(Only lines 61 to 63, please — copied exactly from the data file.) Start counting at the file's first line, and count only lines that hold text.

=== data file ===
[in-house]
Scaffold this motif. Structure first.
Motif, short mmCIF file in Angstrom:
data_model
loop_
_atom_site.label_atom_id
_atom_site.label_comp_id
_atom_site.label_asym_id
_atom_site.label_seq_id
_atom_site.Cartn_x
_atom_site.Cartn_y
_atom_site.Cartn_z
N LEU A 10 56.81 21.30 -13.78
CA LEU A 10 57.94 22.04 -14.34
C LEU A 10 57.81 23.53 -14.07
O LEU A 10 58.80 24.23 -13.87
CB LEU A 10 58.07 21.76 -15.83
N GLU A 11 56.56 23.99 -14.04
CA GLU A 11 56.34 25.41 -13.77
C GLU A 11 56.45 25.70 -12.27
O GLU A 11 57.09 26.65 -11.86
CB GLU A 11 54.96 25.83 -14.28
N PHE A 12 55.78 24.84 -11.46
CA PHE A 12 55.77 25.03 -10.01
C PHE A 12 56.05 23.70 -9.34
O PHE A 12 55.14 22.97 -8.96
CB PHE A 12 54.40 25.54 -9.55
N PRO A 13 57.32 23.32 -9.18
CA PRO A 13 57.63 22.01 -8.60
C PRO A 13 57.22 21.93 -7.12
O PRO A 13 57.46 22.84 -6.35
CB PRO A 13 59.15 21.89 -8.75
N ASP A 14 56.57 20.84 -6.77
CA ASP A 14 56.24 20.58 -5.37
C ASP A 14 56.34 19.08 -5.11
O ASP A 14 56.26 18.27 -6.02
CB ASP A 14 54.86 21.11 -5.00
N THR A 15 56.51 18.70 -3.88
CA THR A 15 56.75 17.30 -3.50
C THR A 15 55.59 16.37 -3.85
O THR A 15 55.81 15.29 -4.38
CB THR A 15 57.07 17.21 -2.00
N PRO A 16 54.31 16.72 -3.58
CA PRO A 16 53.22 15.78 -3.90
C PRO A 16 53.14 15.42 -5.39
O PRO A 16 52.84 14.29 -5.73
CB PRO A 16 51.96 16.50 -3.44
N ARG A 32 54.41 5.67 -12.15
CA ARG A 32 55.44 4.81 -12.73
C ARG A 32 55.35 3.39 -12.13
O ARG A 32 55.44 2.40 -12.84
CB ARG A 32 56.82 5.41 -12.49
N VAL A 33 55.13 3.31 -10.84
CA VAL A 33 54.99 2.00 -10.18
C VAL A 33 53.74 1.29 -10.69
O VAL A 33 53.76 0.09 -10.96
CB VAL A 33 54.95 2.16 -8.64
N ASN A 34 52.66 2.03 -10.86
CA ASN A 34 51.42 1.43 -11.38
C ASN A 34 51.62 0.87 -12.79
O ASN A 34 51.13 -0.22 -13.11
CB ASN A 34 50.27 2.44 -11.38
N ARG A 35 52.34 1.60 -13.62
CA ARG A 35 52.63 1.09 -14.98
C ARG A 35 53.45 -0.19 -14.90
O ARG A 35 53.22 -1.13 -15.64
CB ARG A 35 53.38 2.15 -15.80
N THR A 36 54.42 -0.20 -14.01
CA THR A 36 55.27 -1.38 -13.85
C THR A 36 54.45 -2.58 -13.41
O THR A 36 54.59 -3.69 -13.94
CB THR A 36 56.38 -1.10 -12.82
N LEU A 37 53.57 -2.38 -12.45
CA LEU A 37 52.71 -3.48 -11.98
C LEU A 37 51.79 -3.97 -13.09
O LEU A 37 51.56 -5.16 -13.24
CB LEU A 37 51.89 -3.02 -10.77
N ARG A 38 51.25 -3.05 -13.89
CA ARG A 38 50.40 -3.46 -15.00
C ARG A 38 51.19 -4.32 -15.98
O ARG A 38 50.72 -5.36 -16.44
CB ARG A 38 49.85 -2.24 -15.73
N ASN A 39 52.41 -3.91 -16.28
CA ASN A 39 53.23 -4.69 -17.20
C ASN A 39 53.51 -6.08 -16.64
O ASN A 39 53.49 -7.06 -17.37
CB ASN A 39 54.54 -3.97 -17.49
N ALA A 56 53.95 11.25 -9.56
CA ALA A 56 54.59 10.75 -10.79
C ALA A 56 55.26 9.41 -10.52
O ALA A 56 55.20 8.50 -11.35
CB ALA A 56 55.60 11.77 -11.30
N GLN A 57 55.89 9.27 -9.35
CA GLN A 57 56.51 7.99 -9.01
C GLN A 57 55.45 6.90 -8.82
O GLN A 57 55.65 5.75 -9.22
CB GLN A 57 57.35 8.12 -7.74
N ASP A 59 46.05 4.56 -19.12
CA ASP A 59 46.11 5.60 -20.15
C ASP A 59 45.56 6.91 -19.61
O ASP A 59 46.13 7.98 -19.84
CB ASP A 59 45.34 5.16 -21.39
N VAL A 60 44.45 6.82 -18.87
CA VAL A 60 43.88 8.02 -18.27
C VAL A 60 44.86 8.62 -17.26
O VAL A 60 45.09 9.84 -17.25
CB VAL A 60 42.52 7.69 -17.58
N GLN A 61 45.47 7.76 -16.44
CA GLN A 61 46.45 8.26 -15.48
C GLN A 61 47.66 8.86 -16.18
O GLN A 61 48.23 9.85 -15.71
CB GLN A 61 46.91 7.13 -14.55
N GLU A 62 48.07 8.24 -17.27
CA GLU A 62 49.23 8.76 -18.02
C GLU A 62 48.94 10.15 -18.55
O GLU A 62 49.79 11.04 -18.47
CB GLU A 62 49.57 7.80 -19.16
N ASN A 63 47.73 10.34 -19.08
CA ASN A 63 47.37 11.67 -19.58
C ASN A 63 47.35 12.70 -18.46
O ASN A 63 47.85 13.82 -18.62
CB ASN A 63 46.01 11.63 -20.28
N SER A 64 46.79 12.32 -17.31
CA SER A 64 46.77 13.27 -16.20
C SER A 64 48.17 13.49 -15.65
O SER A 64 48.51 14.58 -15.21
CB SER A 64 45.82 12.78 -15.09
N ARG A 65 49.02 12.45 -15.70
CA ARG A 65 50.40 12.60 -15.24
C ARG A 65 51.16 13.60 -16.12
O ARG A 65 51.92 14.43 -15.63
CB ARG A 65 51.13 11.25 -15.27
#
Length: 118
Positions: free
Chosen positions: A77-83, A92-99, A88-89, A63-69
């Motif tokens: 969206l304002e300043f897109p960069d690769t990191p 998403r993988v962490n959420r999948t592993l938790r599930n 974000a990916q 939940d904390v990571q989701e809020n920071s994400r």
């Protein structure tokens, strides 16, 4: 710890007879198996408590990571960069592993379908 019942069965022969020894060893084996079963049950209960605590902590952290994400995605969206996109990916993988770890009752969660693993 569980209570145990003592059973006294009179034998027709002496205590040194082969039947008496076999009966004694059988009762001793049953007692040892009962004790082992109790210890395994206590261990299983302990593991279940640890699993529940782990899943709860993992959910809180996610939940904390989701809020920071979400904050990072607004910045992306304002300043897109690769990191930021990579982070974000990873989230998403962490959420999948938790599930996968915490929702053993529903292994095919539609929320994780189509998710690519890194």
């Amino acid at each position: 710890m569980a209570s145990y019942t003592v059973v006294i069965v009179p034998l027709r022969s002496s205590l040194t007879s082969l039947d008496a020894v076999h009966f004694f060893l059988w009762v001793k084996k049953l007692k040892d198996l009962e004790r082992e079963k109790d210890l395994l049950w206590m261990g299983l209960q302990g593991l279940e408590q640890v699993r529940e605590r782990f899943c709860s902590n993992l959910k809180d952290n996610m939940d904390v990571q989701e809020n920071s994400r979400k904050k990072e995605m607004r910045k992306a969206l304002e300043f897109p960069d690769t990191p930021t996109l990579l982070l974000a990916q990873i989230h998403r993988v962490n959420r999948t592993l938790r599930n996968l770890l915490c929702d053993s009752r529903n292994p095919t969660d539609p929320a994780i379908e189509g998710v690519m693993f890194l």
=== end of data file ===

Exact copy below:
O ASN A 34 51.13 -0.22 -13.11
CB ASN A 34 50.27 2.44 -11.38
N ARG A 35 52.34 1.60 -13.62